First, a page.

Medical marijuana issue inflames council

Cannabis Seedling Marijuana, courtesy

Cannabis Seedling Marijuana, courtesy

Put the words “marijuana” and “wasted” in the same sentence and the path usually leads to a state of inebriation. At Tuesday’s Santa Barbara City Council meeting, however, it led in the opposite direction — at least for some — to a state of frustration about wasted time, as the council heard a presentation from community activist Bruce Rittenhouse on the implementation of Proposition 215, which deals with medicinal marijuana.

Given that the state of California already passed legislation legalizing medicinal marijuana, and that when it takes effect in January, the County Health Department will be responsible for its implementation, some of the council members responded as though Rittenhouse was bogarting their precious time in bringing this issue before the council.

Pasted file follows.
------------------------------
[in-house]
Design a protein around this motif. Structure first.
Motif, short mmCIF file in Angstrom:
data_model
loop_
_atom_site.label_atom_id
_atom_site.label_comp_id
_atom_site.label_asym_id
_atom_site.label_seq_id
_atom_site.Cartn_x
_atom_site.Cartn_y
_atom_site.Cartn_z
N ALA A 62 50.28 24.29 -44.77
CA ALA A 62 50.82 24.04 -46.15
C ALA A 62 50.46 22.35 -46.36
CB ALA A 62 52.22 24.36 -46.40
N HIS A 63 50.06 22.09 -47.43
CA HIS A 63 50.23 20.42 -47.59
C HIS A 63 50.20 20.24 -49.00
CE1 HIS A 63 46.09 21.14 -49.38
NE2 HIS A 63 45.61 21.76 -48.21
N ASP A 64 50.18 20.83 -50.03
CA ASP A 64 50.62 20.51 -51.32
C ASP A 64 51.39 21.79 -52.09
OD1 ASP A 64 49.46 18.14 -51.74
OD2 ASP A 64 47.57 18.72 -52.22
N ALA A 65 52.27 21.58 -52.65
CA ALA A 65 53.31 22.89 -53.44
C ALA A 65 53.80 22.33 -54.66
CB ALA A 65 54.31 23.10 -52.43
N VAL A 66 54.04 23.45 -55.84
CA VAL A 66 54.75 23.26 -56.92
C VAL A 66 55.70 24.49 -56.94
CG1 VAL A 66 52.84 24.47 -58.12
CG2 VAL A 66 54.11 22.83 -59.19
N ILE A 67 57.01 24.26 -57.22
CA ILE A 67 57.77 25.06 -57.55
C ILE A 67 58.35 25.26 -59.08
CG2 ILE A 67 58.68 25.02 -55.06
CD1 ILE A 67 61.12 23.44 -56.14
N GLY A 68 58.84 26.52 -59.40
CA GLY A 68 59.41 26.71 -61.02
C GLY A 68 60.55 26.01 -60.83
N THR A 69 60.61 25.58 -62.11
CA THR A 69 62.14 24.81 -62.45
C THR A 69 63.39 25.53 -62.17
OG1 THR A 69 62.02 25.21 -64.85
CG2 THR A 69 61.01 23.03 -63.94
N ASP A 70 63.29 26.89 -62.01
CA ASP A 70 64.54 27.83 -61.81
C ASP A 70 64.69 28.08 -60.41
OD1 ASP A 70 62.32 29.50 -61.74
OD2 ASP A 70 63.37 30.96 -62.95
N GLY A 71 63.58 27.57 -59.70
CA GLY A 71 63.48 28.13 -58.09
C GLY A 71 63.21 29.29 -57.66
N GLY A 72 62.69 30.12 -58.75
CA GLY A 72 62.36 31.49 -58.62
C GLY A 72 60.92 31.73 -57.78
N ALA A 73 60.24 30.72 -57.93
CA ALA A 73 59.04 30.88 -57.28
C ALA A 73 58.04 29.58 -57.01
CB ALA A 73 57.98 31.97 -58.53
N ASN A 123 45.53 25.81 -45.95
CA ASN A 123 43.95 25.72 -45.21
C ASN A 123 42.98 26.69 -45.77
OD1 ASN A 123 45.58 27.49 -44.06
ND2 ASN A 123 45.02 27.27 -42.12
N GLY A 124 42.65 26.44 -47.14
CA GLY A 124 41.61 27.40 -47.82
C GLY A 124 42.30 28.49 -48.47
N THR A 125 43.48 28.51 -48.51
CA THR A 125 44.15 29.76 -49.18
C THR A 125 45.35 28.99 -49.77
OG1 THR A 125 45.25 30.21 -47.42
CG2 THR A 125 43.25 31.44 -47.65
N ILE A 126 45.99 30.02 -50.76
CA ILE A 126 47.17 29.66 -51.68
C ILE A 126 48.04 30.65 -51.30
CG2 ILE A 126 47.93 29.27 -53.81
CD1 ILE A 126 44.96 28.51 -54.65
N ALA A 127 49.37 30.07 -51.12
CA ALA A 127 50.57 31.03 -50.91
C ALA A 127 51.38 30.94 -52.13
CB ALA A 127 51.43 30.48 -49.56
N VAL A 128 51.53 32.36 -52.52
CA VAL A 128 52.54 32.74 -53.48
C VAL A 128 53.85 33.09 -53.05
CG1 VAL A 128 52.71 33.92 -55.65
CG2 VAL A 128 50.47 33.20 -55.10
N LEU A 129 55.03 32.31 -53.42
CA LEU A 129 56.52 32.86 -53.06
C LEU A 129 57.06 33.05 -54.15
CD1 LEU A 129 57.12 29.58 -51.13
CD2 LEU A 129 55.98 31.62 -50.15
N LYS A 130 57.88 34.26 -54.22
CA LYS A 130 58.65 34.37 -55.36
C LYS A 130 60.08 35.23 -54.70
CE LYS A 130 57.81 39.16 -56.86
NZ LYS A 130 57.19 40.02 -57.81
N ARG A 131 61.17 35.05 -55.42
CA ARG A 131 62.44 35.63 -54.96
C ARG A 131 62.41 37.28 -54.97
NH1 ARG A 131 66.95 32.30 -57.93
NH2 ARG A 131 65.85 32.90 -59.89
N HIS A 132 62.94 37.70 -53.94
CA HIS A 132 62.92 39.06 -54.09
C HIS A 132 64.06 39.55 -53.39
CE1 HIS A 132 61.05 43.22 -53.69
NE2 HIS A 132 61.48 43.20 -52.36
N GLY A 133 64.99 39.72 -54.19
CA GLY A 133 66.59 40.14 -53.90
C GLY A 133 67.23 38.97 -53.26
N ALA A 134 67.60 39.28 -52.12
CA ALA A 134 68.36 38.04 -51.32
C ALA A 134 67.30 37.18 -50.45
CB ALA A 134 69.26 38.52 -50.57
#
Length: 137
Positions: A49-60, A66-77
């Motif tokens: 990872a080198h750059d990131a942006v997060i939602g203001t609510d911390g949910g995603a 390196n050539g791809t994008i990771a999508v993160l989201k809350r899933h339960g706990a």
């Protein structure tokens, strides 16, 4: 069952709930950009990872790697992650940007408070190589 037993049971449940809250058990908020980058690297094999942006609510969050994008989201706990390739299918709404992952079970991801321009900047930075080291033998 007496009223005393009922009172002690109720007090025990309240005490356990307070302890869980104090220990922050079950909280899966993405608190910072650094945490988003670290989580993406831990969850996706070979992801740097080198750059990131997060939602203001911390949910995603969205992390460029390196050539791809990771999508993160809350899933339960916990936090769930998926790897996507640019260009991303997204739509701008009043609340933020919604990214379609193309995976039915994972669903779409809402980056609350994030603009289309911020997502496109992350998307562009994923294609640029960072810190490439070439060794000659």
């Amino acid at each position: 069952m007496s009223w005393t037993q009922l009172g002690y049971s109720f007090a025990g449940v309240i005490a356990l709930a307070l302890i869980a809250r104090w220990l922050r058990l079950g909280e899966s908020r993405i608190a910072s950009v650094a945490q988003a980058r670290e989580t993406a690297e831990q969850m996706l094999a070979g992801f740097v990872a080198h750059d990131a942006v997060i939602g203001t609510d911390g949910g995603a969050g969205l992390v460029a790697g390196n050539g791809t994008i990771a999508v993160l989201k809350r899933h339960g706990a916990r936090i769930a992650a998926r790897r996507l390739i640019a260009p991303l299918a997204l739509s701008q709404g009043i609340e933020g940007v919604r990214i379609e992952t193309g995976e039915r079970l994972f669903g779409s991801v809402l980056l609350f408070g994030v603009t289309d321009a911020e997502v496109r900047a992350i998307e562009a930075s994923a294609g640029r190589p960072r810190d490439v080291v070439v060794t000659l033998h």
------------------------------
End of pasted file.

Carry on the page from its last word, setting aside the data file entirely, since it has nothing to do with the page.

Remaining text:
Councilman Gregg Hart responded to Rittenhouse with, “I do not understand what we’re doing here when the problem has been resolved. … I think, frankly, there must be some political agenda here at play.”

Rittenhouse, who first brought this issue before the council in June 2000 and frequently mentioned it as a priority during his recent failed attempt to win a seat on the council, unsuccessfully urged the council to send the matter to the Ordinance Committee.

Calling it an “issue of the milk of human kindness or lack thereof,” councilman-elect Brian Barnwell also advocated for the Ordinance Committee.

Recent council candidate Bob Cawley also spoke in support of action as he recalled his brother’s terminal cancer diagnosis 10 years ago. “If you’ve ever had a loved one who was critically ill … you’d do anything you can to make them more comfortable.”

Also voicing public support for taking action on the measure was Janet Benner, whose son died of AIDS in 1993.

Despite some obvious compassion for the cause, particularly as voiced by councilwoman Iya Falcone, the council ultimately agreed to let the State and Federal governments deal with it, despite Rittenhouse’s contention that “I doubt seriously that on January 1 this (the law going into effect) is really going to happen.”

Originally published in South Coast Beacon on November 20, 2003.

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